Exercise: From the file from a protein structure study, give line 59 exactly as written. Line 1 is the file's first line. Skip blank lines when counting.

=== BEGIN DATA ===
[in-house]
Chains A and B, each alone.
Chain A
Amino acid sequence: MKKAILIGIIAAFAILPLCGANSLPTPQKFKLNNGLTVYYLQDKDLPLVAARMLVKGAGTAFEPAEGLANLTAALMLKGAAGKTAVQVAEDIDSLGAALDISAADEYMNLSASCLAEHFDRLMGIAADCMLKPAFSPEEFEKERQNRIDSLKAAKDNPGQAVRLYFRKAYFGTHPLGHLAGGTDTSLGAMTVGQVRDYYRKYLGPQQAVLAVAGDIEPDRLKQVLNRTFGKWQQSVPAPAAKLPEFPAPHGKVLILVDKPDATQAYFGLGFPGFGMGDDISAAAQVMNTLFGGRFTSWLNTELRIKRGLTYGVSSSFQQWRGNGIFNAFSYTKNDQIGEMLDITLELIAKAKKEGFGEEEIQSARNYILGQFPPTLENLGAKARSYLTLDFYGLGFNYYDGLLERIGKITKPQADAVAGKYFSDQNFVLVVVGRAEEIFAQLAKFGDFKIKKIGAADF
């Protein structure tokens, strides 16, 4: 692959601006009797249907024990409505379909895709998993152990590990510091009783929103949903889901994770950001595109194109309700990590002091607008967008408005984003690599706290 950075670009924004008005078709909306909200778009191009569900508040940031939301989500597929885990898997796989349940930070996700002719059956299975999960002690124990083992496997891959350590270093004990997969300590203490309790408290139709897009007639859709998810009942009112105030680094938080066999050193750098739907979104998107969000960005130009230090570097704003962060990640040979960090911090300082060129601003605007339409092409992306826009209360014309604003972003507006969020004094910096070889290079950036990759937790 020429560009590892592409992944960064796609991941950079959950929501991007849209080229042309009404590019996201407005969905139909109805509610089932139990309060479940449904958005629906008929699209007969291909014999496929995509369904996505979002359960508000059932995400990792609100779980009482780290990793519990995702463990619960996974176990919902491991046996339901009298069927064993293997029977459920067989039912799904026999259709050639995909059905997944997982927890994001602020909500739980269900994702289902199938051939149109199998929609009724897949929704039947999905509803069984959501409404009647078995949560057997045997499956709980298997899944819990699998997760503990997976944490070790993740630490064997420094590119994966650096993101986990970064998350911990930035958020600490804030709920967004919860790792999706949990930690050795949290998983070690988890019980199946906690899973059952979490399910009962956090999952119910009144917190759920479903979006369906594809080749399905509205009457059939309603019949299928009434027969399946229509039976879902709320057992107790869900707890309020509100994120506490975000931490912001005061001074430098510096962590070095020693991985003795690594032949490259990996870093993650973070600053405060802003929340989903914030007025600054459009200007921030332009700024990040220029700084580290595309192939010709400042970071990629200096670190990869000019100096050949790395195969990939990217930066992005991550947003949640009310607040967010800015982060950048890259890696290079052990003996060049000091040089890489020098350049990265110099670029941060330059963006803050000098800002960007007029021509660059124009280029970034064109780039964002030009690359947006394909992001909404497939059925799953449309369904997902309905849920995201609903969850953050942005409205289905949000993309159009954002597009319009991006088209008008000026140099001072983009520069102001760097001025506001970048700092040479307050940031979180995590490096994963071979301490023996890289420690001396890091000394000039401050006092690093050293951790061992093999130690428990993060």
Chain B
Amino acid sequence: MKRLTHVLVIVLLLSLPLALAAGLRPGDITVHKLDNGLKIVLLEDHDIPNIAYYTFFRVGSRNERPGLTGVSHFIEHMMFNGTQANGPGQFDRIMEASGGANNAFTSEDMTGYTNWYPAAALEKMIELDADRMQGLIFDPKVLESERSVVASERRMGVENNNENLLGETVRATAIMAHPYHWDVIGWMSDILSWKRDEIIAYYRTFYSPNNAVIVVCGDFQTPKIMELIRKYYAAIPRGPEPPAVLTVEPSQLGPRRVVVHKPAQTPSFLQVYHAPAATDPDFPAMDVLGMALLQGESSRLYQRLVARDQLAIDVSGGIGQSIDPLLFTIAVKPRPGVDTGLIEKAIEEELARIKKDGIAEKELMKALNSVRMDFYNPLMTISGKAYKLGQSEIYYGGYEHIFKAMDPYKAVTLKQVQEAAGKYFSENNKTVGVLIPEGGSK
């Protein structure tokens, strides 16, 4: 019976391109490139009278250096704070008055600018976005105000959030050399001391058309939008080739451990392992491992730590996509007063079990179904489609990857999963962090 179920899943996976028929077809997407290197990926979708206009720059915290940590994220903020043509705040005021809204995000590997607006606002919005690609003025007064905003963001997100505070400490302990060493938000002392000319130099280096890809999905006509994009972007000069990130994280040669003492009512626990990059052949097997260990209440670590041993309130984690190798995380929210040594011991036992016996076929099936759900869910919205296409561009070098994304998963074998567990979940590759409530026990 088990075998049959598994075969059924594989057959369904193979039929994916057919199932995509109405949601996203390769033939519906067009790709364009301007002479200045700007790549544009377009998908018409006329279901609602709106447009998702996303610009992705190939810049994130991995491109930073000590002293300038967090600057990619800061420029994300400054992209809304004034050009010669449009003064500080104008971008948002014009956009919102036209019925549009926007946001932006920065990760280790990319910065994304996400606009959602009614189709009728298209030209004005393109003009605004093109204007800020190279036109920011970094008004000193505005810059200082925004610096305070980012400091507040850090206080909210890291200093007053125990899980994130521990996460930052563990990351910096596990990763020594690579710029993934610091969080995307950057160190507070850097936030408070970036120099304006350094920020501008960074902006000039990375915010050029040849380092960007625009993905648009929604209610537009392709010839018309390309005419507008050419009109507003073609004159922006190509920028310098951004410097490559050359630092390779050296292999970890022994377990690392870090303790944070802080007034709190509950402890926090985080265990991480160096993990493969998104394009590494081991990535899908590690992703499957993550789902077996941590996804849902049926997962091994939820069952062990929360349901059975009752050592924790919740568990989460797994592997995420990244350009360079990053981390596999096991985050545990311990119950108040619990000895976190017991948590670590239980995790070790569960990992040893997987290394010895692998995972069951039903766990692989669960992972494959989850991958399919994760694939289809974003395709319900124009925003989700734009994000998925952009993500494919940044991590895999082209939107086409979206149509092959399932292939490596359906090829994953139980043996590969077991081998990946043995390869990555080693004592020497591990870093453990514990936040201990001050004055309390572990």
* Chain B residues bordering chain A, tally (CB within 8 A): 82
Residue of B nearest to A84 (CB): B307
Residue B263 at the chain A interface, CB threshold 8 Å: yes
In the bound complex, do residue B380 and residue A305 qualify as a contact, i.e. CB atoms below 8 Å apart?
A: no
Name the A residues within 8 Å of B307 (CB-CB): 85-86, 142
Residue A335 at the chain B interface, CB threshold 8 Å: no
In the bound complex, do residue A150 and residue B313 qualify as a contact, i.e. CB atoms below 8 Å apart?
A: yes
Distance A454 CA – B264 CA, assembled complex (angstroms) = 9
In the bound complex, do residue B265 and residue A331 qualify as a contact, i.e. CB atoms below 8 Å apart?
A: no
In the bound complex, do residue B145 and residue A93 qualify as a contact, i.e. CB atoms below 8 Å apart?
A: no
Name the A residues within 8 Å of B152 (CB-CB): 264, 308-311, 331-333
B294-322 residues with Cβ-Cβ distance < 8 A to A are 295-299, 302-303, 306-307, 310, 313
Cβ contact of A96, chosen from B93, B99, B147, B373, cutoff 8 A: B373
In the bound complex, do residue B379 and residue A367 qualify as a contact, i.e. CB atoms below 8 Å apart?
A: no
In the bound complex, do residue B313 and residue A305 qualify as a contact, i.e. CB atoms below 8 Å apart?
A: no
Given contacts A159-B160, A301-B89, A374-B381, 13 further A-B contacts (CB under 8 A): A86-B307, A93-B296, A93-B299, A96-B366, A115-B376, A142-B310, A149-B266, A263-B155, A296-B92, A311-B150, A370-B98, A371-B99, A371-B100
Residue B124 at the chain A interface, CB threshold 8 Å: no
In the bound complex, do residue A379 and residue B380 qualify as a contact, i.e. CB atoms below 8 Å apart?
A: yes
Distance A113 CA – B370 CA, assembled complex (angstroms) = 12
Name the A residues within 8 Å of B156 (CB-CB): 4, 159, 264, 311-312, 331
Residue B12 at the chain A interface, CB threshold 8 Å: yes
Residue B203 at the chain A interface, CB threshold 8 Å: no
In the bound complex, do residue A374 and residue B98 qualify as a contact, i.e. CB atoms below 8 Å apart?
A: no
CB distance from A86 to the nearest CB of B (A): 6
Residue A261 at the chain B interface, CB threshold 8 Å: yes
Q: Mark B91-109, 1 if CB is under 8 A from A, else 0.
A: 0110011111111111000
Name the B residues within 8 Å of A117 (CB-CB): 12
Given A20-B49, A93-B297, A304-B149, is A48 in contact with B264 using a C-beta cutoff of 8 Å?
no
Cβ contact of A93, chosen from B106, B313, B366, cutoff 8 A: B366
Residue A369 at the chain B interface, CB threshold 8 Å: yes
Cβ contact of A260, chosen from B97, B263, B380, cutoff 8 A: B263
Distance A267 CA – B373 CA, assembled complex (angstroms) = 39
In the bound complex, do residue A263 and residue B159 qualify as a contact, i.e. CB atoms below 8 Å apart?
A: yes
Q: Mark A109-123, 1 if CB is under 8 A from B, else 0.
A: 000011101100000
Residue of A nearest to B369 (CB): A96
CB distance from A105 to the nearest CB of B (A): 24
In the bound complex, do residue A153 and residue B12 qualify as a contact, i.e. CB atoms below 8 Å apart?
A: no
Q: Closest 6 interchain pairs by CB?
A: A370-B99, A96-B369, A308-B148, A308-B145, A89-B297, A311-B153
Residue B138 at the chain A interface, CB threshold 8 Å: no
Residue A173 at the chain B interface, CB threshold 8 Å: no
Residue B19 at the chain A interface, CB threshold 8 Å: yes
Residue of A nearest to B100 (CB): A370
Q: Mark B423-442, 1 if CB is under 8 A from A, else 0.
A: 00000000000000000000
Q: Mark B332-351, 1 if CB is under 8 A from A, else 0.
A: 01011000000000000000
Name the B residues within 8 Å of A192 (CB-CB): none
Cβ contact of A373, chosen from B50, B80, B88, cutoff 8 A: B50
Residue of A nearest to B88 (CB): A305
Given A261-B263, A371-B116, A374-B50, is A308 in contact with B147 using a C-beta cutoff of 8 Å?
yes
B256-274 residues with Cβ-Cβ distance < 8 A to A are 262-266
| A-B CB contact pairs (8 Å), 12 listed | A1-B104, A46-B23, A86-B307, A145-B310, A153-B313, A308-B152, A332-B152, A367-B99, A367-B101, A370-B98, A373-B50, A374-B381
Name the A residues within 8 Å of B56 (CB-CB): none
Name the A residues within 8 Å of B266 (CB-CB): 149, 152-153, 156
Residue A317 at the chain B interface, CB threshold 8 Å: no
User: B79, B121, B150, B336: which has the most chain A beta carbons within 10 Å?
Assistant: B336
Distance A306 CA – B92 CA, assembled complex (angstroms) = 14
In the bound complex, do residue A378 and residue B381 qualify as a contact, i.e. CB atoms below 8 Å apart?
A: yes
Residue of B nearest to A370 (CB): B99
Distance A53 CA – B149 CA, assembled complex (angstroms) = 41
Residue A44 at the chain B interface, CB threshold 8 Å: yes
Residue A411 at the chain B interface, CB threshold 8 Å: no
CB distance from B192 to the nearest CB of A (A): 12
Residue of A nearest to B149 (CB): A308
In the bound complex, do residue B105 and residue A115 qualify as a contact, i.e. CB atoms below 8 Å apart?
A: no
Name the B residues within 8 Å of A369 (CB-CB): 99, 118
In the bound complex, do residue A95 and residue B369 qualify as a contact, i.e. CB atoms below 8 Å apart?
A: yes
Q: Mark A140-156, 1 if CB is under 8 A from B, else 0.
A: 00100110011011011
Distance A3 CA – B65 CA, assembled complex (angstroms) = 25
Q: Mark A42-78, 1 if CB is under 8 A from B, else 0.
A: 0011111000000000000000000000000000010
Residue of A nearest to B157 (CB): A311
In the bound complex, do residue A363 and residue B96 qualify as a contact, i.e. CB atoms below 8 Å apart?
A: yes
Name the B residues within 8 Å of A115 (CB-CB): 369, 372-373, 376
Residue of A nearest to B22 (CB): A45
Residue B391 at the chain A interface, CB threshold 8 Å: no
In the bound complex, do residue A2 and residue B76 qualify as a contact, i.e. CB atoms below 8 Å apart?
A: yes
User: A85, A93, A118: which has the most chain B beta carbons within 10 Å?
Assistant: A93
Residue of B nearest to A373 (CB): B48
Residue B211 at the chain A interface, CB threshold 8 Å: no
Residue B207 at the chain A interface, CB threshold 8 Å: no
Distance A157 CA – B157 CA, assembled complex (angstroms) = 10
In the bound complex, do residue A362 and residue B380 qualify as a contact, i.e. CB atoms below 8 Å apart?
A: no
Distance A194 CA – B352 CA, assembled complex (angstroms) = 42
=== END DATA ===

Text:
Q: Closest 6 interchain pairs by CB?